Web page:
Fag packet found, the EU renegotiation planning begins…

Arch Europlastic, William Hague is reported this morning as having defined the first element of the UK’s renegotiation wishlist – and as expected this ‘concrete’ proposal is a mish mash of tough talk and hollow content.

The former self professed Eurosceptic, who as Foreign Secretary is now Brussels’ cheerleader-in-chief for all things blue with gold stars, will declare in a speech that national parliaments, such as the House of Commons, should be able to overrule legislation proposed by the European Commission if enough legislatures call for it to be thrown out.  This is almost certainly a kneejerk reaction to the European Commission’s prosecution of the UK for applying rules that force EU migrants to pass a ‘right to residency’ test that doesn’t apply to UK citizens, before they can claim various benefits, which is illegal under the EU law the politicians signed us up to because it discriminates against other EU citizens on the basis of nationality.

While this is good pink meat for the Euroweenies who want a ‘reformed’ EU, in reality nothing would change.  The rejection of legislation by the UK would need a number of national parliaments to support the British stance.  So if insufficient parliaments back what Britain wants, then this country would be forced to adopt the legislation regardless.  The sum of the power repatriated to the UK therefore amounts to nil.

So much for reform.

Move over, Cast Iron Dave, because there’s a new Eurosheriff in town!  Concrete Willy is his name, and he has found an old fag packet and angrily scrawled the first empty repatriation of power demand on the back.  Brussels can breathe easy as Britain’s place under the EU jackboot is safe in Hague’s carefully manicured hands.

This plan first surfaced in 2002 courtesy of Gisela Stuart during the constitutional Convention. It has thus already been chewed over many times and completely rejected.  It’s a non starter.  As such this announcement represents mere game playing on the part of Concrete Willy, who is giving little titbits to the lumpen media to distract them from the fact there is no renegotiation plan, much less any exit plan. The Europlastics, carefully steered by the Foreign Office’s europhile quislings, will do all they can to ensure it never gets that far.

20 Responses to “Fag packet found, the EU renegotiation planning begins…”


  1. 1 graham wood 31/05/2013 at 9:31 am

    “So much for reform.” Of course, and not likely to inspire confidence in any future negotiation via Article 50 of the Lisbon Treaty is it?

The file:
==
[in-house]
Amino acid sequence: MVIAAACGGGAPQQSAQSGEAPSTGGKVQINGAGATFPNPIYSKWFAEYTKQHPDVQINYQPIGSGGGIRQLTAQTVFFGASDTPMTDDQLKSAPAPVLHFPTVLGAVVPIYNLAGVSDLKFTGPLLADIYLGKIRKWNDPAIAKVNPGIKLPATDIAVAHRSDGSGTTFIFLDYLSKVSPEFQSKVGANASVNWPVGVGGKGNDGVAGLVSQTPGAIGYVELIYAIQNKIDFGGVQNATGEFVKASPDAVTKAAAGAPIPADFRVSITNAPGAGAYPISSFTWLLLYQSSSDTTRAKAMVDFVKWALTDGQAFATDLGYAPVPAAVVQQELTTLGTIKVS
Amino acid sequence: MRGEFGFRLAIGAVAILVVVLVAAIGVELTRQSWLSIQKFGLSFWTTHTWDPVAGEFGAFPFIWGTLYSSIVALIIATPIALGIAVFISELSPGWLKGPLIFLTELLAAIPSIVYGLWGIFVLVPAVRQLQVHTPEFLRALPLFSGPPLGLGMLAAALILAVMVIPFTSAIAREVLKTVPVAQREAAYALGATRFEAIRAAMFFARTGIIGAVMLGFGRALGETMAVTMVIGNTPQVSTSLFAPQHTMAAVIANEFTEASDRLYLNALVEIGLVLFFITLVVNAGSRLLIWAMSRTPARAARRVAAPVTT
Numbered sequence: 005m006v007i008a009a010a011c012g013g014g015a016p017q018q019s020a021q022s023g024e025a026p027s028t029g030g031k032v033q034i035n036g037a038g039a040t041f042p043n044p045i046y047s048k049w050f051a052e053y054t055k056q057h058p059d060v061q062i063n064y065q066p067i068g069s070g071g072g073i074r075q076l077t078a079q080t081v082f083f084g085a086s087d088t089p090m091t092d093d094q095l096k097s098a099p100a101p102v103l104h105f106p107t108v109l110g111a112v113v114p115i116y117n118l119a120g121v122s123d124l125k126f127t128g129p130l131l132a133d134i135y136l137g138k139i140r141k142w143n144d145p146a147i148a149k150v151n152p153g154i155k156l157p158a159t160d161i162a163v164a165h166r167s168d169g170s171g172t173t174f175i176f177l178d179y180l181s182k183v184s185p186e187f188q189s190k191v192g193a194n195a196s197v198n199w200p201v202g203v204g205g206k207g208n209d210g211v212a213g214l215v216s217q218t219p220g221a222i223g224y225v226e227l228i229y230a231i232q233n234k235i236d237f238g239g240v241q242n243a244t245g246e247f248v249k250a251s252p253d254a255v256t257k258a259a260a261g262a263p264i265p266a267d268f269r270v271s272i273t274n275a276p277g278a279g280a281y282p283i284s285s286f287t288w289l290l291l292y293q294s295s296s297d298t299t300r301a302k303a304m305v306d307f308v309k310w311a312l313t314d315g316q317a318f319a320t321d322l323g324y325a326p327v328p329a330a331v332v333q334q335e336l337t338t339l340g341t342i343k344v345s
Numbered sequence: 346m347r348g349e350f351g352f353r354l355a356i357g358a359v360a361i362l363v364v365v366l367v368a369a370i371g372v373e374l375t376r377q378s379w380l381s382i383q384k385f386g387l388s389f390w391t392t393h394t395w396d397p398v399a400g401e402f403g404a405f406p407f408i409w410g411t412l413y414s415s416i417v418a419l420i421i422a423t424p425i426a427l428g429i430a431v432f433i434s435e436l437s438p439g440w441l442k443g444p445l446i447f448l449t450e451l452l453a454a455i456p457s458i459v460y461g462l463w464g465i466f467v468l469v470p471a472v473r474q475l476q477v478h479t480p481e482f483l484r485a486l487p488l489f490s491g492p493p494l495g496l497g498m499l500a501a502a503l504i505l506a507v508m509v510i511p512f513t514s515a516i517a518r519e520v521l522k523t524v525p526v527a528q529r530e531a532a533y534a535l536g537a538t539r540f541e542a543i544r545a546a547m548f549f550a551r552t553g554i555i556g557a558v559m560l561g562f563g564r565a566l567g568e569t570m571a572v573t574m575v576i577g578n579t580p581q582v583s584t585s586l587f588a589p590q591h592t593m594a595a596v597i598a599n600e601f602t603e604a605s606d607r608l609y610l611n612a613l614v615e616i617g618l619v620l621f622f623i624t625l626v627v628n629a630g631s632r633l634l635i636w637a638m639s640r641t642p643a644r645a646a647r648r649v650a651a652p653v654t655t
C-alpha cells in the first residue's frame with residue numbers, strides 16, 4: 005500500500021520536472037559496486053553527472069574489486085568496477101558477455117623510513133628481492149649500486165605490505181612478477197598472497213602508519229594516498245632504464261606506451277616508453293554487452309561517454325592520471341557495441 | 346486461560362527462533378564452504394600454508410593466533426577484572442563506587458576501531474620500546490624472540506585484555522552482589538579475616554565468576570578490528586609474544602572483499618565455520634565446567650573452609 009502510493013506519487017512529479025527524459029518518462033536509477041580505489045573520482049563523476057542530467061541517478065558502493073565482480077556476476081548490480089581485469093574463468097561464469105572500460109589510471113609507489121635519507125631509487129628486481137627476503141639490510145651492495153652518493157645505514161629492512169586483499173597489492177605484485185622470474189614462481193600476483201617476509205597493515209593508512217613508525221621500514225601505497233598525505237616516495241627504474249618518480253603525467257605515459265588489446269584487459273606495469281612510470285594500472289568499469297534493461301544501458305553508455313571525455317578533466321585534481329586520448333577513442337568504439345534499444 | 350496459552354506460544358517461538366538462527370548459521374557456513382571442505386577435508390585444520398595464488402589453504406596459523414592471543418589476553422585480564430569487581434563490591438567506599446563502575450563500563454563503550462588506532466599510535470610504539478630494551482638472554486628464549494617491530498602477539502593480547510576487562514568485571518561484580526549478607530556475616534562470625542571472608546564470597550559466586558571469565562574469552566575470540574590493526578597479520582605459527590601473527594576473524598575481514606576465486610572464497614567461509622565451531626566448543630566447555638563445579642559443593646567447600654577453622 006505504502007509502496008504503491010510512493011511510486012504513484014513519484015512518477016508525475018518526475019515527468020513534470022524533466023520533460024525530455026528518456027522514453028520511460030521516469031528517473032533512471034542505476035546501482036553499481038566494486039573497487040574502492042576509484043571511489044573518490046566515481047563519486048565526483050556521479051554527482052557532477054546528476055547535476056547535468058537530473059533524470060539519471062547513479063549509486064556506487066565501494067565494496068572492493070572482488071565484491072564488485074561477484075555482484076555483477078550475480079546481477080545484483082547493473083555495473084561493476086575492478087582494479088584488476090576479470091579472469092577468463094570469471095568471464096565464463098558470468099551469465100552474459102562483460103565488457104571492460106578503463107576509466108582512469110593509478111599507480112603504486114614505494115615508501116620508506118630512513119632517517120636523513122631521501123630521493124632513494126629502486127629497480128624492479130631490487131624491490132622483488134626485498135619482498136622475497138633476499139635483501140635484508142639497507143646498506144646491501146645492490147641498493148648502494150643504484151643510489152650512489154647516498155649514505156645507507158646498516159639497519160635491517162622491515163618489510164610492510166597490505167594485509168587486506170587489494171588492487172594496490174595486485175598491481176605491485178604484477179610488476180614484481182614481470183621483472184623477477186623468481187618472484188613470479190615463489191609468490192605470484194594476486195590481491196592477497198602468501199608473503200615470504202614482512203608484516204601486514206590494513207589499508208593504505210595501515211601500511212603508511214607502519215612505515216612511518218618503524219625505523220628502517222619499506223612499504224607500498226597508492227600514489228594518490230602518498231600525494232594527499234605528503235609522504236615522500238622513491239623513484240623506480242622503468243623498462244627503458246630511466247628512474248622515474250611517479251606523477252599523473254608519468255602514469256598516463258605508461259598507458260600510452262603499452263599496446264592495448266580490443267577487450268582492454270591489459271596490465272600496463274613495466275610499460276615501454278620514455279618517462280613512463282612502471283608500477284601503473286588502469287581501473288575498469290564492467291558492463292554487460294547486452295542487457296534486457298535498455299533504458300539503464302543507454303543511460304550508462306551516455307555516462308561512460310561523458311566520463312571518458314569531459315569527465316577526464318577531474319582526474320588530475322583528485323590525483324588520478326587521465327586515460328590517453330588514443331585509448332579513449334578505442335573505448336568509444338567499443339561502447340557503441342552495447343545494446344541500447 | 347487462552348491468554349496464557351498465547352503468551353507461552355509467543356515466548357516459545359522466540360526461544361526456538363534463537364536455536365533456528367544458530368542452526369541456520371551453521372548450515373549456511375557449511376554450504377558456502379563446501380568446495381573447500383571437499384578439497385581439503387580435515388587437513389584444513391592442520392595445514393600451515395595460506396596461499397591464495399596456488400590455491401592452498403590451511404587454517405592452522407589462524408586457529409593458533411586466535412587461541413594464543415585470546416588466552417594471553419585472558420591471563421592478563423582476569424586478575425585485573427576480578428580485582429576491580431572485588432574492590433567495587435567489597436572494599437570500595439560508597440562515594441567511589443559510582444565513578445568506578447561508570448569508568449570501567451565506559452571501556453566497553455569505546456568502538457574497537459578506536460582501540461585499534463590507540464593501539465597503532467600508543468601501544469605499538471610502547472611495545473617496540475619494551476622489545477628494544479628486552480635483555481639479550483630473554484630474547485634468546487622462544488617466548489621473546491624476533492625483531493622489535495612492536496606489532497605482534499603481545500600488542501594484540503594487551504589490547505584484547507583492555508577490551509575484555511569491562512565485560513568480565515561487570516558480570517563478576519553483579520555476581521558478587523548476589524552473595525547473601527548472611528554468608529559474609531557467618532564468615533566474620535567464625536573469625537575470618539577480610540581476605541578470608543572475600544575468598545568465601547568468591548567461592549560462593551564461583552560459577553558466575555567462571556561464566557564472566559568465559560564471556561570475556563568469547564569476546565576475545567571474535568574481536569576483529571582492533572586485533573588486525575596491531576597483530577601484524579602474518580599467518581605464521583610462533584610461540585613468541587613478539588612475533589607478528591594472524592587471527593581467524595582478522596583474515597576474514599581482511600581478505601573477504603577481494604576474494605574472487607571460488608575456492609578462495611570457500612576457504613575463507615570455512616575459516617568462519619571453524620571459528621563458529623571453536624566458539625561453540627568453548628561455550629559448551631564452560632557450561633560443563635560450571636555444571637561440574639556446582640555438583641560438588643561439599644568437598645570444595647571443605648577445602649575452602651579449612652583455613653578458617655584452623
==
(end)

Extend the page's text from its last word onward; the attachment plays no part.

As Cameron, Labour and the Coalition all wish to retain membership of the EU, then they are not likely to enter negotiations to leave an organisation the membership of which they have repeatedly affirmed they wish to retain . Logical really.

  2. 2 Autonomous Mind 31/05/2013 at 10:22 am

    Ah, and straight into the brick wall runs Mr Wood, who is trying to be too clever by half.

    This faux renegotiation isn’t being done within a legally recognised framework. The only thing that comes close to this is abrogating the treaties then trying to get the other member states to negotiate agreements with you, again outside a recognised framework.

    It’s interesting to see you don’t have any faith in your own replica of the same approach.

    Thanks for underlining the paucity of your own argument. While you’re here are you going to reveal your master plan for preserving trade with the EU single market after you’ve torn up the treaty with no agreement in place? You’ve been very quiet on that score.

  3. 3 Martin Adamson (@grassmarket32) 31/05/2013 at 11:10 am

    “…if enough legislatures call for it to be thrown out”. Replace “enough” with “any” and he might have something. Liberum veto or nothing! Nie pozwalam!

    http://en.wikipedia.org/wiki/Liberum_veto

  4. 4 Richard North 31/05/2013 at 11:27 am

    I see Mr Wood has returned from his huff. Before he runs away again – as he always does. Nevertheless, Mr Wood, please take this opportunity – between huffs, so to speak – of offering your best guess as to what would happen to UK exports to the EU the day after invoking your preferred option – unilateral withdrawal?